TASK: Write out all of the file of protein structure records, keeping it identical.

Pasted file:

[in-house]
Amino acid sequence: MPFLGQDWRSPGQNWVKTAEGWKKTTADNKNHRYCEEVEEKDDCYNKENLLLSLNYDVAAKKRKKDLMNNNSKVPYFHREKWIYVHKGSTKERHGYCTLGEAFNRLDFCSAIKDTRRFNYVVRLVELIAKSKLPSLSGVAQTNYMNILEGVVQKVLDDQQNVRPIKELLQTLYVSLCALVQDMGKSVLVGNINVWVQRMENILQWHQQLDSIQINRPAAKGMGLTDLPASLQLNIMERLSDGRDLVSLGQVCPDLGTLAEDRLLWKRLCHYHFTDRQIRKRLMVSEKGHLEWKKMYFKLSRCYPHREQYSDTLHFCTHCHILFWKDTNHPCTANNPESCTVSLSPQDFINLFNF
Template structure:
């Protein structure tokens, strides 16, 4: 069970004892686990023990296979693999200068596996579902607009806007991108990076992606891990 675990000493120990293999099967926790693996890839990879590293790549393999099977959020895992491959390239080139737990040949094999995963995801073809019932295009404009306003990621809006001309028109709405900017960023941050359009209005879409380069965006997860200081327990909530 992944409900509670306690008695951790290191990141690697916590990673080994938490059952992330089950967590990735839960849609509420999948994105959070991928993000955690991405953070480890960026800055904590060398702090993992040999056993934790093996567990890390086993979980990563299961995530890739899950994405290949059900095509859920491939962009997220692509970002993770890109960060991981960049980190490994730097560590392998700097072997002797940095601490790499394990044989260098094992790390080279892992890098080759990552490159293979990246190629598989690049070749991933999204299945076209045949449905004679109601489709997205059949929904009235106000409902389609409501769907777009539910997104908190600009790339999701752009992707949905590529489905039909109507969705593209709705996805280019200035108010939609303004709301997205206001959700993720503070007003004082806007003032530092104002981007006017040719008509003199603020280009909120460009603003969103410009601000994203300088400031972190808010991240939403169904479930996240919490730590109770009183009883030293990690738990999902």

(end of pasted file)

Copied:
[in-house]
Amino acid sequence: MPFLGQDWRSPGQNWVKTAEGWKKTTADNKNHRYCEEVEEKDDCYNKENLLLSLNYDVAAKKRKKDLMNNNSKVPYFHREKWIYVHKGSTKERHGYCTLGEAFNRLDFCSAIKDTRRFNYVVRLVELIAKSKLPSLSGVAQTNYMNILEGVVQKVLDDQQNVRPIKELLQTLYVSLCALVQDMGKSVLVGNINVWVQRMENILQWHQQLDSIQINRPAAKGMGLTDLPASLQLNIMERLSDGRDLVSLGQVCPDLGTLAEDRLLWKRLCHYHFTDRQIRKRLMVSEKGHLEWKKMYFKLSRCYPHREQYSDTLHFCTHCHILFWKDTNHPCTANNPESCTVSLSPQDFINLFNF
Template structure:
């Protein structure tokens, strides 16, 4: 069970004892686990023990296979693999200068596996579902607009806007991108990076992606891990 675990000493120990293999099967926790693996890839990879590293790549393999099977959020895992491959390239080139737990040949094999995963995801073809019932295009404009306003990621809006001309028109709405900017960023941050359009209005879409380069965006997860200081327990909530 992944409900509670306690008695951790290191990141690697916590990673080994938490059952992330089950967590990735839960849609509420999948994105959070991928993000955690991405953070480890960026800055904590060398702090993992040999056993934790093996567990890390086993979980990563299961995530890739899950994405290949059900095509859920491939962009997220692509970002993770890109960060991981960049980190490994730097560590392998700097072997002797940095601490790499394990044989260098094992790390080279892992890098080759990552490159293979990246190629598989690049070749991933999204299945076209045949449905004679109601489709997205059949929904009235106000409902389609409501769907777009539910997104908190600009790339999701752009992707949905590529489905039909109507969705593209709705996805280019200035108010939609303004709301997205206001959700993720503070007003004082806007003032530092104002981007006017040719008509003199603020280009909120460009603003969103410009601000994203300088400031972190808010991240939403169904479930996240919490730590109770009183009883030293990690738990999902």